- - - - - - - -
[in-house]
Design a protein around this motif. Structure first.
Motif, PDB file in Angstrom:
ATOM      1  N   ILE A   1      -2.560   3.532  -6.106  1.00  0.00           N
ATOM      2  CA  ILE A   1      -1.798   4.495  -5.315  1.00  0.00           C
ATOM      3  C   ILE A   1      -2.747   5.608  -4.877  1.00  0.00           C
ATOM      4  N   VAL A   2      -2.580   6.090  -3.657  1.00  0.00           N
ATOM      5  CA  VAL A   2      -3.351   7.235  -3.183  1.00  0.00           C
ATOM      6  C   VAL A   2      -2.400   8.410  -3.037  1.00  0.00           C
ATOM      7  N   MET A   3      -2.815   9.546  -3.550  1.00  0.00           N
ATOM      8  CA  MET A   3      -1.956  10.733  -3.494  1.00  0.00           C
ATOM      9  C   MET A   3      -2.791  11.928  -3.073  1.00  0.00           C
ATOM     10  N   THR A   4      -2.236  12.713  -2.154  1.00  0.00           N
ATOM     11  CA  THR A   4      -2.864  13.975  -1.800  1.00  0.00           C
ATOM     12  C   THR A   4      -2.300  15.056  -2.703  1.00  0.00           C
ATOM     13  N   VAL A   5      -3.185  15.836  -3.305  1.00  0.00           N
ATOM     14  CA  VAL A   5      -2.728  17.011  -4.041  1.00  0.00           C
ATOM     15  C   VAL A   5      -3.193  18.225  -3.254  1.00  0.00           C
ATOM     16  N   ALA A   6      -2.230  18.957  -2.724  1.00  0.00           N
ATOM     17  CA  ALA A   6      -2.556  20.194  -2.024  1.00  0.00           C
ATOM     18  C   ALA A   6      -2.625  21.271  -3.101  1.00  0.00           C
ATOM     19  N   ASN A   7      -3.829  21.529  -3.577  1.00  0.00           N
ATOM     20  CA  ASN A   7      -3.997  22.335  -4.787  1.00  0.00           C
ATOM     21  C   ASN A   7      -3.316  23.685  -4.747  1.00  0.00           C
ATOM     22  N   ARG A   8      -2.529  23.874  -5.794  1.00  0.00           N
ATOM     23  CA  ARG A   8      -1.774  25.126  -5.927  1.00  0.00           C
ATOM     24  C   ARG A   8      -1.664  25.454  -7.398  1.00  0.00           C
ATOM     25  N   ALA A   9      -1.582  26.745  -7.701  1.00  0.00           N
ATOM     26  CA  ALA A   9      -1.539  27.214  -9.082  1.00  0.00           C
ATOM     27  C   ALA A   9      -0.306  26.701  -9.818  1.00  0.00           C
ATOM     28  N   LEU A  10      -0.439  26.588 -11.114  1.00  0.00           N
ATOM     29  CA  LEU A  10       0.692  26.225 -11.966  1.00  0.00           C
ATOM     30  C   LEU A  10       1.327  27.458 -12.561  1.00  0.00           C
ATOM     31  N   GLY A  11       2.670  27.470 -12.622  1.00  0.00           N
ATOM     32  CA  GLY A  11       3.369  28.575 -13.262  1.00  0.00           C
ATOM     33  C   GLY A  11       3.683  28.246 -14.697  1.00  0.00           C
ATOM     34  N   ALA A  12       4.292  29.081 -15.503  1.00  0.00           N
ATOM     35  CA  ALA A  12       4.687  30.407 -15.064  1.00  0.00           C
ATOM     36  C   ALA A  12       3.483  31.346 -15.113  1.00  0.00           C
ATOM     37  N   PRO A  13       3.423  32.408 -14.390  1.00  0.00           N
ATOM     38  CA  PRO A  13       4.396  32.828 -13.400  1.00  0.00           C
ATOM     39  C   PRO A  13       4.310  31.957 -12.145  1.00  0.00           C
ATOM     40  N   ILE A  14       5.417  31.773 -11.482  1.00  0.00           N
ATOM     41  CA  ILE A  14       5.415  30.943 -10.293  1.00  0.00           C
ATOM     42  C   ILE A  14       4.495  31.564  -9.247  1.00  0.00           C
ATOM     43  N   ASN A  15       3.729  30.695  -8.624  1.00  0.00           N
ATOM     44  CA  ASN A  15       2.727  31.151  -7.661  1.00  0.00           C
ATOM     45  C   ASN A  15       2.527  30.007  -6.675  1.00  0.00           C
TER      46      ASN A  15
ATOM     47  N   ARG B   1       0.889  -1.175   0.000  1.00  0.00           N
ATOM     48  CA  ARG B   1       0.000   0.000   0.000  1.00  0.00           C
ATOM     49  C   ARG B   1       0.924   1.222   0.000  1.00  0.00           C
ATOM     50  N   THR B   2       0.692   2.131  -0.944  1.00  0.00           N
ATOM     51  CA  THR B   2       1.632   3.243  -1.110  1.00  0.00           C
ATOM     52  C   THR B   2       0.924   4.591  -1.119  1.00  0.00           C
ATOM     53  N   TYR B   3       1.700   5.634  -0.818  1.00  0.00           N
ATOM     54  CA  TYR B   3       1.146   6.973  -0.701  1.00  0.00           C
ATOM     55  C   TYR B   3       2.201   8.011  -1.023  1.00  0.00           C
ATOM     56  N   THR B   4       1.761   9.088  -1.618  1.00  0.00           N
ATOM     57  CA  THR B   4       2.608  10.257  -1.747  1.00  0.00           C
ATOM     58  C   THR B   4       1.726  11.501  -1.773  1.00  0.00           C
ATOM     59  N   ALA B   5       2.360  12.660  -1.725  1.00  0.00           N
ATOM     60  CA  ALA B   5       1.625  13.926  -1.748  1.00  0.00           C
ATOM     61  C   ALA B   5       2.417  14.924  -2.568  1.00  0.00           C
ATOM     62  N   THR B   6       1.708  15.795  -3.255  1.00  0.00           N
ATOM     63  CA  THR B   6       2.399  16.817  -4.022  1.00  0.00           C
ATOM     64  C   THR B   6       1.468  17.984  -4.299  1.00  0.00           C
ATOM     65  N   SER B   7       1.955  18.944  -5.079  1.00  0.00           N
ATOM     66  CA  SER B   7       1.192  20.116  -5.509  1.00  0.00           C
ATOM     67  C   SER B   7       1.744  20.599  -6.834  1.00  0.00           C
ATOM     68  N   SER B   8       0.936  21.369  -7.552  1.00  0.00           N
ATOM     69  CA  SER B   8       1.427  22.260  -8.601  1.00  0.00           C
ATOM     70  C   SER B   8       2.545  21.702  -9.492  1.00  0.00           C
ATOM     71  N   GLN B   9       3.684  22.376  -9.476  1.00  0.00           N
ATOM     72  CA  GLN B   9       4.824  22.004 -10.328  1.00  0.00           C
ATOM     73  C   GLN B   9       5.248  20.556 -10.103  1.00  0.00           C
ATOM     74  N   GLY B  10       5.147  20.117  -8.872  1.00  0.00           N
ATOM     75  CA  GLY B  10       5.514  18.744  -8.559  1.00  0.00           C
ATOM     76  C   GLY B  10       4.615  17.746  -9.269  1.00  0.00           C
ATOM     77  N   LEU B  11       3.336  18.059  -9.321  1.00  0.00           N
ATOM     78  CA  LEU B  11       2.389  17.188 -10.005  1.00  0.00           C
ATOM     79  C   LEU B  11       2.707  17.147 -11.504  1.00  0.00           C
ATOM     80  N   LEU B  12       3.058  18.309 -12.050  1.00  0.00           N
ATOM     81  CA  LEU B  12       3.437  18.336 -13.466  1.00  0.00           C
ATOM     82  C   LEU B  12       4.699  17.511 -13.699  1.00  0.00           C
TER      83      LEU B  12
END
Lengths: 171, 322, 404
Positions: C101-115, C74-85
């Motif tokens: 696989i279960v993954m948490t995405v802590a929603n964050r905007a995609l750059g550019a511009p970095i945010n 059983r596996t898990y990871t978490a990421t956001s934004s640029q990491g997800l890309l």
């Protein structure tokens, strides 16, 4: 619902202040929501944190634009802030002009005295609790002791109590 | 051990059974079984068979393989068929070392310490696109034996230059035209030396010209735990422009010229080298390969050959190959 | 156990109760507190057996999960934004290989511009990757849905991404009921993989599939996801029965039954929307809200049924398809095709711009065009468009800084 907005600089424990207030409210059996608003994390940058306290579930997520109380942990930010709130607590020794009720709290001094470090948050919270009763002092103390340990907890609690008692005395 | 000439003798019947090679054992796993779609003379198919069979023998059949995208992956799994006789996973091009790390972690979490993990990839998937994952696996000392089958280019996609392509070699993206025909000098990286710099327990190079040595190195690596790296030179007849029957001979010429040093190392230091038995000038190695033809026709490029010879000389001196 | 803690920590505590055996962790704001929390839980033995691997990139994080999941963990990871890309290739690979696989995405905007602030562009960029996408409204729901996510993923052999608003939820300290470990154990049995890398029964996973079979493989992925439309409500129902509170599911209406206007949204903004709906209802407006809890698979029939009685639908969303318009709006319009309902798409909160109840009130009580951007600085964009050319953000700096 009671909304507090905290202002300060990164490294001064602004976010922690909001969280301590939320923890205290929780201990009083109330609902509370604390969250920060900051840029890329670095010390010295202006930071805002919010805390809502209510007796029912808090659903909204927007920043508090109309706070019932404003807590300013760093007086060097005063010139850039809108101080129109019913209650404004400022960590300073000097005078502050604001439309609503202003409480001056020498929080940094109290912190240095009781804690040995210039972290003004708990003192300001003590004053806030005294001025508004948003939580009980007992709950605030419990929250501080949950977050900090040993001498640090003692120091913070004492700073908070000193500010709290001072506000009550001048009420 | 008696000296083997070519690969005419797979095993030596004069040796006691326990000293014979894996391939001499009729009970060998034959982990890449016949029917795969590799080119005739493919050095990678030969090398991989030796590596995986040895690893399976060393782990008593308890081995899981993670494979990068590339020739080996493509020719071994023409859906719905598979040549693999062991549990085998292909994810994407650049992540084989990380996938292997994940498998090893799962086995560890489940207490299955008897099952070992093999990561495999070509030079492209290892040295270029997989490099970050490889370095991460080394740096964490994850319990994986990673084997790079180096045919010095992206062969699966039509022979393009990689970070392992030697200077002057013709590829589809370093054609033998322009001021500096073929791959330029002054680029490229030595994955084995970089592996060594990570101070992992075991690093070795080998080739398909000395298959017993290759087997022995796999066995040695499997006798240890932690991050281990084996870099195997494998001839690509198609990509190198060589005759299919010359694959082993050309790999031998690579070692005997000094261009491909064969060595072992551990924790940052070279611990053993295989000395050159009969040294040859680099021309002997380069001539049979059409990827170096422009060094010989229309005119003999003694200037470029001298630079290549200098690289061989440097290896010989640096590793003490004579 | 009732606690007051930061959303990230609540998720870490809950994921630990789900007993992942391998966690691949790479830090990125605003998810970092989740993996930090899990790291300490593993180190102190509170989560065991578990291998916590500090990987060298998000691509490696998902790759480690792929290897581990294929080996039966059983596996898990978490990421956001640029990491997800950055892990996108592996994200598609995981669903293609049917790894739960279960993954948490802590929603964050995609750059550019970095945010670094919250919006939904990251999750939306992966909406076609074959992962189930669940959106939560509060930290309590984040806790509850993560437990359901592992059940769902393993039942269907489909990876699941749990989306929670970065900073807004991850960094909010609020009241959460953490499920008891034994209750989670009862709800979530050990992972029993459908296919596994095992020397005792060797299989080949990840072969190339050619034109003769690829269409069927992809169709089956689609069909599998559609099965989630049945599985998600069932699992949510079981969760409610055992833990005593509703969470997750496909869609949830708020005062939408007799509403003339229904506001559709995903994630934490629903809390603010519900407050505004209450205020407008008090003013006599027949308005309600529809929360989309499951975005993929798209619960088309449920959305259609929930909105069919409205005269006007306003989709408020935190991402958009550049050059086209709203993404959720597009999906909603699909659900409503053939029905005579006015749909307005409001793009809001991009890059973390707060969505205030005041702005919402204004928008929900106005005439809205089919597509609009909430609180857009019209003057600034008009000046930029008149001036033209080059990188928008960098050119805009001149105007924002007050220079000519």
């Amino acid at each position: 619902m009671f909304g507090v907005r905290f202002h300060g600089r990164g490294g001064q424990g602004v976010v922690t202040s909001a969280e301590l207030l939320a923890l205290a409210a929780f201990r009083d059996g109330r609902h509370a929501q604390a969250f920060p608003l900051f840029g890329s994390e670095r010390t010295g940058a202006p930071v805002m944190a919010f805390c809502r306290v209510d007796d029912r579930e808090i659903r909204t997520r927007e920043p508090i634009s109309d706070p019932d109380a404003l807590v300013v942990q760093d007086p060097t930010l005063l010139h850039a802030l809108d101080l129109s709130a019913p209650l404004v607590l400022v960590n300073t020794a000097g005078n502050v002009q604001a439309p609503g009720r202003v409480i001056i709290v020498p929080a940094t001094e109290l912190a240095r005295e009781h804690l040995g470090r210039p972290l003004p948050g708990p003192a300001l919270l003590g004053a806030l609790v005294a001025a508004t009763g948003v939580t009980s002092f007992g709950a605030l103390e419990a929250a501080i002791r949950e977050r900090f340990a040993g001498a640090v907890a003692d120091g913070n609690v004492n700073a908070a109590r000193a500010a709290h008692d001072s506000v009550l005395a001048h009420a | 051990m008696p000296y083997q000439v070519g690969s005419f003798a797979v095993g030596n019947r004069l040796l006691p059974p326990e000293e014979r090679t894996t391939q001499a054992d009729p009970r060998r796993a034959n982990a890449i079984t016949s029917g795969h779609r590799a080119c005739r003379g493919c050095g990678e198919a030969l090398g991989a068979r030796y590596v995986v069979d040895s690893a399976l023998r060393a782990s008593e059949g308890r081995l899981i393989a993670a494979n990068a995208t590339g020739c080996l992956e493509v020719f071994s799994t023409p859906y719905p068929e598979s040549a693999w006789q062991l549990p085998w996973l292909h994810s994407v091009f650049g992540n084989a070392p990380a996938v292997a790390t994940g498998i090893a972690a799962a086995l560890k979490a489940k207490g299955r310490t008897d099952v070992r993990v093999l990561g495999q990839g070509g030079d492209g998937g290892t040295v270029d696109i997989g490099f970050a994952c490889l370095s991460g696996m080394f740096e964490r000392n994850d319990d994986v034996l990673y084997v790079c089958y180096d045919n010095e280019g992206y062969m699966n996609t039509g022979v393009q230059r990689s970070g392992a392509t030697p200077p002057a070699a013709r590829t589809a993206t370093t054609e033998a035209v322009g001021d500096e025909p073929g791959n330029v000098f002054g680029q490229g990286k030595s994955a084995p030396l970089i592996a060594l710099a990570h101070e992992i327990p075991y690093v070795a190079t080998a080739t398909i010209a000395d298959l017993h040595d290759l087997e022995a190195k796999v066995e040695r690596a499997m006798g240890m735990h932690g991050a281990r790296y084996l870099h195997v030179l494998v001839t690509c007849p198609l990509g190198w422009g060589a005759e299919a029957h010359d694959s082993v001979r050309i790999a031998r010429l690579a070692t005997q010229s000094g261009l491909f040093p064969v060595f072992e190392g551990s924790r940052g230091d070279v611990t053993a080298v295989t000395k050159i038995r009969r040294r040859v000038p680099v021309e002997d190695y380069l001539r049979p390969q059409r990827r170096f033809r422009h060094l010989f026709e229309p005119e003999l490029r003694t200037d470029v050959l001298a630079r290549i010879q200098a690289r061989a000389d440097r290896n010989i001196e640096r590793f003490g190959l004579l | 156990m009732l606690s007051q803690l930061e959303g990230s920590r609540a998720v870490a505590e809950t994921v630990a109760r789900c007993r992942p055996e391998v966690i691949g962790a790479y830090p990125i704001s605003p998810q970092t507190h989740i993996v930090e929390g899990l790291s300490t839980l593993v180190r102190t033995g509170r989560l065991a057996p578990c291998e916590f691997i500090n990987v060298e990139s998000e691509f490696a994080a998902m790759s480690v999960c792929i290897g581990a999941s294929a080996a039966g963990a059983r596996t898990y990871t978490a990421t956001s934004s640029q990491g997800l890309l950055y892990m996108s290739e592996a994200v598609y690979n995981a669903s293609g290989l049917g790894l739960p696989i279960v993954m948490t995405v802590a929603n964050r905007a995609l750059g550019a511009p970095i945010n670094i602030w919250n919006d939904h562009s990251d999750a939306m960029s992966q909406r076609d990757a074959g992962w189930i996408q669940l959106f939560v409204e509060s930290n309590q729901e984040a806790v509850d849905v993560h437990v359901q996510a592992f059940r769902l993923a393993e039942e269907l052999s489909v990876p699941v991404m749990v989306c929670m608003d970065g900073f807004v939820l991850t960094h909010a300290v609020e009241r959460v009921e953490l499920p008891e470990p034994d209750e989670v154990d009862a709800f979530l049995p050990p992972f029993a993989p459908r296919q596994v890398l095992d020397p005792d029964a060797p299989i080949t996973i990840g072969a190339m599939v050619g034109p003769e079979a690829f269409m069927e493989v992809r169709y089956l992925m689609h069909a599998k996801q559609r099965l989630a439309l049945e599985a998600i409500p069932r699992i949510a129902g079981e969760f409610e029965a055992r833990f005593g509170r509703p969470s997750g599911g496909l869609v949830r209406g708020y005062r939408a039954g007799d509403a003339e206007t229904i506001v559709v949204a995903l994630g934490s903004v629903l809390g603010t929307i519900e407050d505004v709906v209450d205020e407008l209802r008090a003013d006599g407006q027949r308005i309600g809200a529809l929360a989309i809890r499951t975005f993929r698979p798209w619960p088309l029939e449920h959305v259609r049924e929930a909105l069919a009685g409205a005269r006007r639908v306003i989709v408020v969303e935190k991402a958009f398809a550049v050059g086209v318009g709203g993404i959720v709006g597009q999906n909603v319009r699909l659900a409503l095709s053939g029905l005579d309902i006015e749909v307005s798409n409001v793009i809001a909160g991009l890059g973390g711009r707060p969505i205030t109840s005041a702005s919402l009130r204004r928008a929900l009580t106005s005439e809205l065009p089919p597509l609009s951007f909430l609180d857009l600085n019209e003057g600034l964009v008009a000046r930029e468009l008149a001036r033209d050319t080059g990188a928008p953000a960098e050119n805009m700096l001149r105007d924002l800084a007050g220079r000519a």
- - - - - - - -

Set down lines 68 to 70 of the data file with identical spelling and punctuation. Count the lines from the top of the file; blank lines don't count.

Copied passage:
ATOM     65  N   SER B   7       1.955  18.944  -5.079  1.00  0.00           N
ATOM     66  CA  SER B   7       1.192  20.116  -5.509  1.00  0.00           C
ATOM     67  C   SER B   7       1.744  20.599  -6.834  1.00  0.00           C